Most (54%) cybersecurity professionals believe the threat landscape is evolving faster than they can respond, with a lack of preparation and strategic thinking endemic, according to RedSeal.
The network resilience vendor polled 600 IT and security decision makers in the UK and US to compile its RedSeal Resilience Report 2017.
It revealed that most respondents feel they are under-resourced (54%), can’t react quickly enough when an incident strikes (55%) and can’t access insight to prioritize incident response (79%).
Just 20% said they’re extremely confident their organization will be able to function as normal in the event of a breach or attack.
What’s more, there seems to be a dangerous disconnect between perceived strengths and reality.
Some 40% of respondents claimed ‘detection’ is their strongest capability, stating it takes an average of just six hours to spot an incident.
However, this flies in the face of many other industry reports, compiled by the likes of Mandiant (99 days) and Trustwave (49 days).
RedSeal also claimed that only a quarter of respondents test their cybersecurity incident response annually, with many saying it’s too resource intensive (29%), outside their budget (27%) or takes too long (26%).
“Their data networks are dynamic. This dynamic nature creates a risk,” RedSeal CEO Ray Rothrock told Infosecurity.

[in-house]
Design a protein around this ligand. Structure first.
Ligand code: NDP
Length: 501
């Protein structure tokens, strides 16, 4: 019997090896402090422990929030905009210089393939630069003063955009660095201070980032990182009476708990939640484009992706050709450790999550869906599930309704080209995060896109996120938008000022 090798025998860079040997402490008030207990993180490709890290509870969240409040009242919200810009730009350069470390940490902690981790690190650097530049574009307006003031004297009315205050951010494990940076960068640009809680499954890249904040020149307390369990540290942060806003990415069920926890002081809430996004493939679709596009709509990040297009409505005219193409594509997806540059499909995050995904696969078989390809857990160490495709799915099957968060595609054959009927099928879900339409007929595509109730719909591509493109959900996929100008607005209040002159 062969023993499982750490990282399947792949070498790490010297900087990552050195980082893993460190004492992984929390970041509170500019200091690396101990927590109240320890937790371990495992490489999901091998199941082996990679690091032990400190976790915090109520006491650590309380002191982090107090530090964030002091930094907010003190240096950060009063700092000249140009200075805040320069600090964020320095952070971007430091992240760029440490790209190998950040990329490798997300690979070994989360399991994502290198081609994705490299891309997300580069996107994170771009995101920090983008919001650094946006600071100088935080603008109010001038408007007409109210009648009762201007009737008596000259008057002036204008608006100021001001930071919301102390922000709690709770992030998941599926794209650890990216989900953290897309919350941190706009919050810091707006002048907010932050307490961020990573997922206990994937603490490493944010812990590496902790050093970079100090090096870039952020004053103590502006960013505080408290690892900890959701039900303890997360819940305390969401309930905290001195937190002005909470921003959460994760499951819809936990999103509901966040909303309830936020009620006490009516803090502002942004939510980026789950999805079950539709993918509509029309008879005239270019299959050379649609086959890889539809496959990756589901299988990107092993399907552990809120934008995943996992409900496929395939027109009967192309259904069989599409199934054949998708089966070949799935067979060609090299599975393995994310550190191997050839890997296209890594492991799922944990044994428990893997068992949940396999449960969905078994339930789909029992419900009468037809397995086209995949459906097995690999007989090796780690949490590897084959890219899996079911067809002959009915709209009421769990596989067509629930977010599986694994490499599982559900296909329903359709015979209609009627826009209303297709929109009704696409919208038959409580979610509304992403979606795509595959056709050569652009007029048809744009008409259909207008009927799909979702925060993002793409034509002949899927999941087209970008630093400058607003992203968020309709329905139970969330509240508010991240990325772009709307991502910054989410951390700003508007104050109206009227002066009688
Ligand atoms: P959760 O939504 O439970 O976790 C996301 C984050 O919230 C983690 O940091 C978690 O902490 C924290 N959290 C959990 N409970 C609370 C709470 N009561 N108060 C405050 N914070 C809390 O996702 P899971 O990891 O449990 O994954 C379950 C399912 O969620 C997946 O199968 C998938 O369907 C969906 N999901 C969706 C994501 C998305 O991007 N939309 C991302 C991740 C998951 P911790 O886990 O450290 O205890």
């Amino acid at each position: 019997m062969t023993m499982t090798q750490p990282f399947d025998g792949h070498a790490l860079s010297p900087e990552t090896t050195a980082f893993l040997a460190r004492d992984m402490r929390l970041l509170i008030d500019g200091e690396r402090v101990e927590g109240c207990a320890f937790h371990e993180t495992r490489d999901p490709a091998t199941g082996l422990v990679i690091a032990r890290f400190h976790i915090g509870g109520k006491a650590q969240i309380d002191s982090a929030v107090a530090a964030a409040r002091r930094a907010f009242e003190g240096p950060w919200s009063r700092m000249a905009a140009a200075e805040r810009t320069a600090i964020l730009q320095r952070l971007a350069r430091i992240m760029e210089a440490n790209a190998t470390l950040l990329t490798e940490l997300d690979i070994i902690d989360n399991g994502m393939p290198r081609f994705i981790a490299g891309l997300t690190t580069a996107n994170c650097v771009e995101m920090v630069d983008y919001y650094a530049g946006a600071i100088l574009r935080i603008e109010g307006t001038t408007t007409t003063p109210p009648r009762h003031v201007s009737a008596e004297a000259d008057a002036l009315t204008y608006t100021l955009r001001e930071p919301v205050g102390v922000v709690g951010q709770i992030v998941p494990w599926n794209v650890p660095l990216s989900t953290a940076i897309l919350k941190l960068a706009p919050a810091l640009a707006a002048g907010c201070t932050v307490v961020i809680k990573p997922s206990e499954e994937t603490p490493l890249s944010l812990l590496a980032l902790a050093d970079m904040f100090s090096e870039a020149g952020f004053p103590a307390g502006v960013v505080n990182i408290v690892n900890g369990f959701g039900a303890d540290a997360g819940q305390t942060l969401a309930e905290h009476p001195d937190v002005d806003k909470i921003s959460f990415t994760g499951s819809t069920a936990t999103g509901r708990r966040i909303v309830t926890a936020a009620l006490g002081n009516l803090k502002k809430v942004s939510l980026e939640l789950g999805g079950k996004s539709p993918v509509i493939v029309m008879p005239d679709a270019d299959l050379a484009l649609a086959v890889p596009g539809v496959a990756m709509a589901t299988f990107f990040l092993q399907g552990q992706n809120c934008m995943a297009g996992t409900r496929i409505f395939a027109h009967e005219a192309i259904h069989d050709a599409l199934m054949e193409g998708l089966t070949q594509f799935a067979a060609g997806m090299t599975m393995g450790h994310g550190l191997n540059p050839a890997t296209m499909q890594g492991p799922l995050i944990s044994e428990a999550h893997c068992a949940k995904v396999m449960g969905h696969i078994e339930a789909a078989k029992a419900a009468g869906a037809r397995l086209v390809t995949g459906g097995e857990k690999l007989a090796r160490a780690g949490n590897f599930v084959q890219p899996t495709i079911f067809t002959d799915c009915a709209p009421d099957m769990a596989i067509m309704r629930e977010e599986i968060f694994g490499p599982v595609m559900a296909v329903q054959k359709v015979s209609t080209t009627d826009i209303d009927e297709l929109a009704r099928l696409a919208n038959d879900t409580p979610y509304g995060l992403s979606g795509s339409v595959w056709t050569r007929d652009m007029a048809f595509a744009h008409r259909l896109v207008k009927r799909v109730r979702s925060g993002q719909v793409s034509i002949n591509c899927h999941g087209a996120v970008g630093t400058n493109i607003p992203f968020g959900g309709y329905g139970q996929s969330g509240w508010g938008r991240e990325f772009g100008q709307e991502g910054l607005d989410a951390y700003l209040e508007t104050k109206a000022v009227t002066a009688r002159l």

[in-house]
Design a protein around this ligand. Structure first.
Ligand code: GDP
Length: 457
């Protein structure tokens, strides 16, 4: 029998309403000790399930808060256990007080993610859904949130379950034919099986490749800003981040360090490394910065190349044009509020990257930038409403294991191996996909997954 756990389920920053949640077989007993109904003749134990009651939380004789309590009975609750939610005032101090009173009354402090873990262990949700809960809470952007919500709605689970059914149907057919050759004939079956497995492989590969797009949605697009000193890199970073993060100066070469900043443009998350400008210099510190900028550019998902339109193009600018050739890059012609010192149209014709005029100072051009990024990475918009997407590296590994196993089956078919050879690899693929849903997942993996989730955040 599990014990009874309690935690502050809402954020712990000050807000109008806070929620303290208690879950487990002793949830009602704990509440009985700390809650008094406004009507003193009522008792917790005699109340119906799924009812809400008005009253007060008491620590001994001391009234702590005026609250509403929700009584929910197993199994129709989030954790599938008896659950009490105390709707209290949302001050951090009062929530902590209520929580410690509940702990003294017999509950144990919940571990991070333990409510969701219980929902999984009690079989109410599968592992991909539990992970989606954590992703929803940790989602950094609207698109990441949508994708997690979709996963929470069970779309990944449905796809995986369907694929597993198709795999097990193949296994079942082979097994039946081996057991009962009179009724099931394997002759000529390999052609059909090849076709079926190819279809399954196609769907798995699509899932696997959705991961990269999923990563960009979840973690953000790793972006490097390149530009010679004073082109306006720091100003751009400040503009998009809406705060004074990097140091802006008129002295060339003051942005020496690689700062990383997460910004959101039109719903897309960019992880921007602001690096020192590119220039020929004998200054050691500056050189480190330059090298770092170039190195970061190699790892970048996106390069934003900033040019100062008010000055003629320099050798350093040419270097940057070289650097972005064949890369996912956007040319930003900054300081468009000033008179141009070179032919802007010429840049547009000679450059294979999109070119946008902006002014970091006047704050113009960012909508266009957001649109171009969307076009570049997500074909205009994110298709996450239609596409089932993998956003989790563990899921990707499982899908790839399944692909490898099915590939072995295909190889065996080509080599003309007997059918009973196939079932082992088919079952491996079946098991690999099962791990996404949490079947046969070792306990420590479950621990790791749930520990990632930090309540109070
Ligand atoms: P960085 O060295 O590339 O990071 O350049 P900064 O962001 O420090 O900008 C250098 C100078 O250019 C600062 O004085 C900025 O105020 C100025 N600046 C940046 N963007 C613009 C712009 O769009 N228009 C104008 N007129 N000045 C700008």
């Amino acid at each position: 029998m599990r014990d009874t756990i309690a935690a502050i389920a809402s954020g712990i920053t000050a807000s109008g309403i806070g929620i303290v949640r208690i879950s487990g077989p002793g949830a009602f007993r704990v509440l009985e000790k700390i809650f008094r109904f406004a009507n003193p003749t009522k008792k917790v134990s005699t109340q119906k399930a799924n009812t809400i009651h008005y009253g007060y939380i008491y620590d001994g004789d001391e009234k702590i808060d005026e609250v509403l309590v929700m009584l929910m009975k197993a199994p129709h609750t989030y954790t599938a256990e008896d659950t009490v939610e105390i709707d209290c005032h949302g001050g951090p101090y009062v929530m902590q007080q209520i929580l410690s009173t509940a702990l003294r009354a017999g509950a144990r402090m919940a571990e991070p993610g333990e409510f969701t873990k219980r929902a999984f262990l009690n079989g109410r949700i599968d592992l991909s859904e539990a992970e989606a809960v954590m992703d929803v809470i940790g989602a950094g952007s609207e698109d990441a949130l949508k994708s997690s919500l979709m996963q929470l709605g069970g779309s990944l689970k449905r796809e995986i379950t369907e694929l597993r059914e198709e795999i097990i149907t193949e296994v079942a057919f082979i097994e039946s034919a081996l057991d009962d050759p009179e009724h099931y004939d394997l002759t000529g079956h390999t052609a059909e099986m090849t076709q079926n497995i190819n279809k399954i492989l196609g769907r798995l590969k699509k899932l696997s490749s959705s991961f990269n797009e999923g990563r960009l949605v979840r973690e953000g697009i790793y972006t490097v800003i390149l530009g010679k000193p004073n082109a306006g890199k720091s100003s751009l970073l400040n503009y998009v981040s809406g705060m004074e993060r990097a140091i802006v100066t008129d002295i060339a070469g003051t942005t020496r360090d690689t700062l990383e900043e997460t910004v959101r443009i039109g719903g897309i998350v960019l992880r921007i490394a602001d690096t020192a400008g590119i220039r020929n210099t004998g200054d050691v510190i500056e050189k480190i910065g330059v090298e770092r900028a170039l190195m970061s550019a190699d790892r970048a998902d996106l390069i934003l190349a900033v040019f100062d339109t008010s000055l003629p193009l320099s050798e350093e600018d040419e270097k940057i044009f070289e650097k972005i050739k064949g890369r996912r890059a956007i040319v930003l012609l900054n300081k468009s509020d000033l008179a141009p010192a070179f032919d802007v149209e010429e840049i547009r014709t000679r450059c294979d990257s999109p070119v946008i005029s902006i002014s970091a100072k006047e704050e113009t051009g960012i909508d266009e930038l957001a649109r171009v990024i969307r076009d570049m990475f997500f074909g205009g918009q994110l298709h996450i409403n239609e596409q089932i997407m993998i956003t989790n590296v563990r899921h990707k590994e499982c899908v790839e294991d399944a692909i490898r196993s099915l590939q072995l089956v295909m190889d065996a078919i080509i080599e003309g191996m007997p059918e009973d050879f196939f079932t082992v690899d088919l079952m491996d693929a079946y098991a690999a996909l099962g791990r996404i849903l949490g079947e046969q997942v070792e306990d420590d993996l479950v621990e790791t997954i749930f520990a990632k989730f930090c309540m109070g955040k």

“Given that they report in our research that they last created a map of their entire network on average nine months ago, there’s no way to know precisely if their most valuable assets are accessible to bad actors at the present time. The lag in knowing what the network looks like and where data lives is a crucial factor in being ready for the inevitable.”
The report also revealed that compliance rather than strategy is driving IT security planning for the vast majority (97%) of organizations.
“On the cyber front, digital resilience — the ability to contain the bad guys when they’re inside your network, and protect high value assets like customer data and content from exfiltration — will protect your networks and your vital financial assets,” concluded Rothrock.
“So, it’s important to know your network inside out. Know what is important to your business and your customers, where it is, and make sure it’s secure. Operational resilience means not only being ready, but having a plan and procedures and then rehearsing that action plan.”
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